Vigorous exercise may worsen the symptoms of respiratory disorders such as cough or sore throat in some individuals but a new study suggests that increasing the vitamin C intake could offer quick relief.
A meta-analysis of 3 studies found that vitamin C significantly reduced post-exercise airway, or the tubes that carry air into and out of the lungs, obstruction in those who participated in the study and suffered from exercise-induced bronchoconstriction, or the constriction of the airways in the lungs due to the tightening of surrounding smooth muscle.
“It seems reasonable for physically active people to test whether vitamin C is beneficial on an individual basis, if they have documented exercise-induced bronchoconstriction or suffer from respiratory symptoms such as cough or sore throat after taking vigorous exercise,” said Harri Hemila from the University of Helsinki in Finland.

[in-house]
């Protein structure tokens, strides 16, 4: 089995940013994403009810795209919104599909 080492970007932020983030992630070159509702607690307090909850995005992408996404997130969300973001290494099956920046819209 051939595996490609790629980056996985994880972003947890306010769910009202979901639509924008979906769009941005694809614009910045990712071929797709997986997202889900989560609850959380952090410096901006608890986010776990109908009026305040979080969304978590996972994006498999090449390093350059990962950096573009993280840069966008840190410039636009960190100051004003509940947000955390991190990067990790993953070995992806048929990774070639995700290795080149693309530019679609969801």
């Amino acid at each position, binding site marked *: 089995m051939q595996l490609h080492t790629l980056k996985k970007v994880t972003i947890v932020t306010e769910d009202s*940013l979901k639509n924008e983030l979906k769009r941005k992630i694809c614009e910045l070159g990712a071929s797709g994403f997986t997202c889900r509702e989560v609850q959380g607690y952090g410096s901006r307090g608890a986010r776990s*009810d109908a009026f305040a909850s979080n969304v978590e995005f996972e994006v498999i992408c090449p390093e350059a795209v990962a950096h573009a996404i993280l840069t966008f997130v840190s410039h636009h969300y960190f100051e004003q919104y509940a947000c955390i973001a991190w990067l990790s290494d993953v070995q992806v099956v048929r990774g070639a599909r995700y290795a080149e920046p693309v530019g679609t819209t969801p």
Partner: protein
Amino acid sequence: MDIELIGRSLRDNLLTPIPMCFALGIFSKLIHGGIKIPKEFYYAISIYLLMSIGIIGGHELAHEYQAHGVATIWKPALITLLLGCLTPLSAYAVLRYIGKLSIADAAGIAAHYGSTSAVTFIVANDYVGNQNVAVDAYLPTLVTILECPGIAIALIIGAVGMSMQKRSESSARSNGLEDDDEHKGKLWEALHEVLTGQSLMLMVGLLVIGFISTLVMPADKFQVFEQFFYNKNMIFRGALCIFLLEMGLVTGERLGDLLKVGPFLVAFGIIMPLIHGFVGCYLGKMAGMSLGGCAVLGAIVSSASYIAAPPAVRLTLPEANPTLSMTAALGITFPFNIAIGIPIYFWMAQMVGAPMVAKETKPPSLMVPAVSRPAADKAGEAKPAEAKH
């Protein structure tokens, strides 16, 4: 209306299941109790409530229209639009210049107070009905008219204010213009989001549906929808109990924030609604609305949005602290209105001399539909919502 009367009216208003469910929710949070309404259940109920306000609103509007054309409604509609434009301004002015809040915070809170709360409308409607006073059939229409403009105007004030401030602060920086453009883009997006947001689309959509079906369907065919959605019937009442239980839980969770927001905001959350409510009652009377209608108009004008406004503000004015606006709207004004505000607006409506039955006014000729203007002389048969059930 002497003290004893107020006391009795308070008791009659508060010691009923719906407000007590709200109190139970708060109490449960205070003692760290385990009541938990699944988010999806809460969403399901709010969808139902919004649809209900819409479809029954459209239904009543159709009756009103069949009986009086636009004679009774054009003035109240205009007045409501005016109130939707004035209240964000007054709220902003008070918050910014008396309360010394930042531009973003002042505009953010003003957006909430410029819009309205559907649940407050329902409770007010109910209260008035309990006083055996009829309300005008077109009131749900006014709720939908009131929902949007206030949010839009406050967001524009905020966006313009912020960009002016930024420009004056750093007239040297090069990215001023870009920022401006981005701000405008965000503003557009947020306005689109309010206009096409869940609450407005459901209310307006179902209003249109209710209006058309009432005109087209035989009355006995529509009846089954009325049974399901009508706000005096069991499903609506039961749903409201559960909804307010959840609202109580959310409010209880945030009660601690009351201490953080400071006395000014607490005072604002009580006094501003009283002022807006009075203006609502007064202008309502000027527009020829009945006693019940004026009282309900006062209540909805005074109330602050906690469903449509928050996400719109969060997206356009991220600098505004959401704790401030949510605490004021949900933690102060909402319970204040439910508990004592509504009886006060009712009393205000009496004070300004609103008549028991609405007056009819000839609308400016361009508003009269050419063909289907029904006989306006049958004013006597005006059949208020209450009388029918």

The researchers found that an intake of vitamin C quickly led to a reduction in post-exercise large-airway obstruction and small-airway obstruction after their study conducted on 12 participants.
Hemila carried out an analysis of a study on the participants who had asthma and aged on average 26 years, and suffered from exercise-induced bronchoconstriction.
This study was supplemented with five other studies, which examined subjects who were under short-term, heavy physical stress and a meta-analysis revealed that vitamin C reduced the incidence of respiratory disorder symptoms by half.
Another trial showed that vitamin C halved the duration of the respiratory disorder symptoms in male adolescent competitive swimmers too. The study has been published in the journal Allergy, Asthma & Clinical Immunology.